Lawmakers classified the offences broadly in three categories on the basis of their nature. These are
(a) Cognizable offence and Non-Cognizable offence
(c) Compoundable and Non-Compoundable offence.
Compoundable offences are the offences that can be compromised, which means the complainant can agree to take back the charges levied against the accused, whereas, non – compoundable offences are the offences which are more serious offences in which the parties cannot compromise.
These offences are the offences where, the complainant compromises, and agrees to take back the charges which have been dropped against the accused. However, such compromise should be Bonafide in nature, and there must be no consideration to which the complainant is not entitled to. It can also be stated as a settlement between the parties where the aggrieved person or the victim receives some consideration or gratification for not prosecuting the accused. Section 320 of the Code of Criminal Procedure provides a list of offences which are compoundable in nature and are punishable under a different section of the Indian Penal Code.
EXAMPLE OF COMPOUNDALE OFFENCES
- Criminal or house-trespass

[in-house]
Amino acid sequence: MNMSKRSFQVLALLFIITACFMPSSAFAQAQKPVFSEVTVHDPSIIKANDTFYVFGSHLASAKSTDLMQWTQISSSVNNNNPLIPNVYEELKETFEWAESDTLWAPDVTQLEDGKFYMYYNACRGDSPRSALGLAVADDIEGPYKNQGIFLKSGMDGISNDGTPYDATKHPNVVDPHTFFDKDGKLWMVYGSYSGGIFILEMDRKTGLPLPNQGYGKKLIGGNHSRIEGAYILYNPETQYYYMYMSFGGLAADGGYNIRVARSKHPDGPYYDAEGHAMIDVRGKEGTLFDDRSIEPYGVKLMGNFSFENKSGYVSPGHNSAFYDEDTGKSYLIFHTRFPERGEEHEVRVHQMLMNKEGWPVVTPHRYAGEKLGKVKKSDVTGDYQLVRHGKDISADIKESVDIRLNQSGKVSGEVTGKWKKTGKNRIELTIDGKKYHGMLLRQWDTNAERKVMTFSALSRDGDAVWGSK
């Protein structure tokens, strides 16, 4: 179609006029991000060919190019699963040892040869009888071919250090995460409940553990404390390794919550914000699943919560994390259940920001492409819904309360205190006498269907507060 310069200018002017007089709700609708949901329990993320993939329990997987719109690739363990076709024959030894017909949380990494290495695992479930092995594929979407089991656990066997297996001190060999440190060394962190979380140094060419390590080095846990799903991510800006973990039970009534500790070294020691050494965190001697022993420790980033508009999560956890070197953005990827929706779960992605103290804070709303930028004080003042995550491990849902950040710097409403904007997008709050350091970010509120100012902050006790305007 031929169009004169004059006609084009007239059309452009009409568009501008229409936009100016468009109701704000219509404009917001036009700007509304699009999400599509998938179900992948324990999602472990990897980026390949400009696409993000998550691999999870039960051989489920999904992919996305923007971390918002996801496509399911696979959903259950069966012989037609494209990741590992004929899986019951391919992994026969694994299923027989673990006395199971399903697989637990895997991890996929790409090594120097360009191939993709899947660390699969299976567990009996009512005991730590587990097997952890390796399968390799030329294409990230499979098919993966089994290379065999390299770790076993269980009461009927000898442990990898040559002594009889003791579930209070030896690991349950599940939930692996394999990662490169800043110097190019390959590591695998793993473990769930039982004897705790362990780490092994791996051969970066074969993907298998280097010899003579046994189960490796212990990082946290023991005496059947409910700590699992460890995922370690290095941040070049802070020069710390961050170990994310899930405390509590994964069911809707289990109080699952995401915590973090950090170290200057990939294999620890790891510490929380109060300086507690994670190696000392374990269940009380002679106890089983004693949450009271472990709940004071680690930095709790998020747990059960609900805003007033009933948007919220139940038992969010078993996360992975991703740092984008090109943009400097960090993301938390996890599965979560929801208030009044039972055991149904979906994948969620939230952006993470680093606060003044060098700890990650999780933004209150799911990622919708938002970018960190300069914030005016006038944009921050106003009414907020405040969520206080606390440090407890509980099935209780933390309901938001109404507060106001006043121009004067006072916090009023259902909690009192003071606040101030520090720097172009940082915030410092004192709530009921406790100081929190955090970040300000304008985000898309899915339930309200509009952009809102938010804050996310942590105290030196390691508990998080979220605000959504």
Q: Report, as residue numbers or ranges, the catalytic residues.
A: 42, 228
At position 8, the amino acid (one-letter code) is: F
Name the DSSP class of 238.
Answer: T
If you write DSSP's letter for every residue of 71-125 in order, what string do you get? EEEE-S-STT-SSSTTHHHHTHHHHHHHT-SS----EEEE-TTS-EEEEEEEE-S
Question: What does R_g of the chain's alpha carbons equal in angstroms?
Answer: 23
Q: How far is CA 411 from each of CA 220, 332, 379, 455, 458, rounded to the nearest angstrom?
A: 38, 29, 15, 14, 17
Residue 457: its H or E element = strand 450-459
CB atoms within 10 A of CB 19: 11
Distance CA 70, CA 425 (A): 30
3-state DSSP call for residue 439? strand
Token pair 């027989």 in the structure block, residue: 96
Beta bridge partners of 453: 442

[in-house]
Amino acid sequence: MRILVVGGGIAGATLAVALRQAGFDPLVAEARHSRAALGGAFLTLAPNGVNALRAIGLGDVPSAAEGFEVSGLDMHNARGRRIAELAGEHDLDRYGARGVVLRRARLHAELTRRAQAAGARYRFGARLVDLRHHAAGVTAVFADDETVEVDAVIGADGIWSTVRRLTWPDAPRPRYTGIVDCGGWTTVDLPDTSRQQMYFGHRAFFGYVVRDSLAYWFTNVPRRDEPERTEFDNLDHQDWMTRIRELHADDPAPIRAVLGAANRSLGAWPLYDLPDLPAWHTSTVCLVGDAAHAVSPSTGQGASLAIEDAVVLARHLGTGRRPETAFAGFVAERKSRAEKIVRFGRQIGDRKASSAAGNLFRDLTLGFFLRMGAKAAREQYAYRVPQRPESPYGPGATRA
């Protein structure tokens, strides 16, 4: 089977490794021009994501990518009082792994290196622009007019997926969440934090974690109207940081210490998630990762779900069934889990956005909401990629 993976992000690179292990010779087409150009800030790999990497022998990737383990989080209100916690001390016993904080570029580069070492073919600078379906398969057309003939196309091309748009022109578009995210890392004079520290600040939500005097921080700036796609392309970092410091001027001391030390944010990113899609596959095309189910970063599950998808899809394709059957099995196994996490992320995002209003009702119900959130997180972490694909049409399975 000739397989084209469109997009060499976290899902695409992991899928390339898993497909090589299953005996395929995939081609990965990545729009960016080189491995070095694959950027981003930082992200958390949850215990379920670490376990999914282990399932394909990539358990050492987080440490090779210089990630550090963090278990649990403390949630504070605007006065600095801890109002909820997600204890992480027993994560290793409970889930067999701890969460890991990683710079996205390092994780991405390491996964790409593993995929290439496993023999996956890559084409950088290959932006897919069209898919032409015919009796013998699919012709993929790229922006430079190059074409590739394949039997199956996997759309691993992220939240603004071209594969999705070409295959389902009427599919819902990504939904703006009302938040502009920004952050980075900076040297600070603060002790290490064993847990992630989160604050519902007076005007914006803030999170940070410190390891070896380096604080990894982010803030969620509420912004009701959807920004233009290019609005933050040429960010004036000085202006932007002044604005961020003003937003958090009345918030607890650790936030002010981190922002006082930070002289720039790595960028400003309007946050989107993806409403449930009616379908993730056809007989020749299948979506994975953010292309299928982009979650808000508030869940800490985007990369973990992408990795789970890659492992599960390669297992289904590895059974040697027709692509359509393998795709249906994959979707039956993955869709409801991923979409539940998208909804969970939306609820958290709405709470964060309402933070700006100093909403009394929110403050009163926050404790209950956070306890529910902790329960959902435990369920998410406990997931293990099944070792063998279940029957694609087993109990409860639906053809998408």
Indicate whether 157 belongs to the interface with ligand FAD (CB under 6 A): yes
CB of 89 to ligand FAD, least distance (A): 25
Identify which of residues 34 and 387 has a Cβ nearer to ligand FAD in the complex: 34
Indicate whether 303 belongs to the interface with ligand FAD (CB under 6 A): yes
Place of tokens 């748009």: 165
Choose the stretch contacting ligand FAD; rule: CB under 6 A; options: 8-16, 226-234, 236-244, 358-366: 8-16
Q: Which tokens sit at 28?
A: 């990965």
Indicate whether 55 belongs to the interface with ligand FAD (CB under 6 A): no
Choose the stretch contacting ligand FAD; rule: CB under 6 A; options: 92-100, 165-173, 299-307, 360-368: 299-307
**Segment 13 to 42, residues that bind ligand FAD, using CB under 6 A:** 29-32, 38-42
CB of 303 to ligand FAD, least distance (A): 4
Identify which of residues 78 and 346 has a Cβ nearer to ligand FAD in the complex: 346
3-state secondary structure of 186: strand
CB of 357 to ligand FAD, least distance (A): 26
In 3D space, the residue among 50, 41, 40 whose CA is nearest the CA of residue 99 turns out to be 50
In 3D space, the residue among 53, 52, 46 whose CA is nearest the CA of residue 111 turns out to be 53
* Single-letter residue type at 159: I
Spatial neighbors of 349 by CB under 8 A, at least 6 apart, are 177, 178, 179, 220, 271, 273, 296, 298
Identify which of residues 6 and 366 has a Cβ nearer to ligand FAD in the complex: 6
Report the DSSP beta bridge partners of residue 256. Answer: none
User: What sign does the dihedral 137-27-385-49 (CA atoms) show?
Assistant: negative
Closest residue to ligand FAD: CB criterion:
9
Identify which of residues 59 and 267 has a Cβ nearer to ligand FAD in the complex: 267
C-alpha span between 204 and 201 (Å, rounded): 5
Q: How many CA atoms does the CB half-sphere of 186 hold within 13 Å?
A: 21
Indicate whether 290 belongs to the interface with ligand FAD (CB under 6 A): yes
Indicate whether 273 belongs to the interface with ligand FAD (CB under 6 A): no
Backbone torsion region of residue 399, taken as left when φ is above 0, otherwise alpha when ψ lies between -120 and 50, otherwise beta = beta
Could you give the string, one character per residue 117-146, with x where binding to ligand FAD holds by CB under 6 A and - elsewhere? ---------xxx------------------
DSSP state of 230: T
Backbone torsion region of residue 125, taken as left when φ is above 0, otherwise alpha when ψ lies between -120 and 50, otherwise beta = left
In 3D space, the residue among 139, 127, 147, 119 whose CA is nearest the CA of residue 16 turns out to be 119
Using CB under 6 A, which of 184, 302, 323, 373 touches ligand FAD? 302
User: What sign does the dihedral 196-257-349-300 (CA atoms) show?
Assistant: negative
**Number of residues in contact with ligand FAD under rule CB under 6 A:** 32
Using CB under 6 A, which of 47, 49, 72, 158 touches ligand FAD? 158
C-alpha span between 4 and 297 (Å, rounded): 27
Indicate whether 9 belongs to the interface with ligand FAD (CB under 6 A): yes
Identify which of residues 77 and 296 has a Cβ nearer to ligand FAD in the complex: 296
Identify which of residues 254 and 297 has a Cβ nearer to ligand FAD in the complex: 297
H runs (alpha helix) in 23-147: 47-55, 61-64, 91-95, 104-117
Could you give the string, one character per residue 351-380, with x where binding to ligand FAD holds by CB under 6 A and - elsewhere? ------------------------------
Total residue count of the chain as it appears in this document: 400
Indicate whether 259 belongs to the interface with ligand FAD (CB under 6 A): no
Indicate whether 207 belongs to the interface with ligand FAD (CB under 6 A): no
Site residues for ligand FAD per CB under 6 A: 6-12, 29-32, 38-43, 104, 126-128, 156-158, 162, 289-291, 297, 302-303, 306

- Uttering words with an intent to hurt any person’s religious feeling.
- Printing or engraving matters, knowing as defamatory.
- Criminal breach of contract of services.
NON COMPOUNDABLE OFFENCES
Non- Compoundable offences are the offences, which cannot be compounded. They can only be quashed. It is because the nature of offence which is more serious, grave and criminal, that the Accused cannot be allowed to be free with some settlements. These offences cannot be compounded. Here, in such type of cases, it is the “state”, i.e. police, who files the case, and so the question compromise does not arise. All the offences which are not mentioned in Section 320 of CrPC are non-compoundable offences.
In such offences both private party, as well as the society, are affected by such offences. Here, no compromise is allowed. Even the court is not having the authority to compound such offences. In these offences, the only full trial can take place which either leads to conviction or acquittal of such offender.
DIFFERENCE BETWEEN COMPOUNDABLE AND NON-COMPOUNDABLE OFFENCE
1. Nature of Crime: In compoundable offence, the nature of the offence not so serious. While, in the non-compoundable offence, the nature of the offence is serious.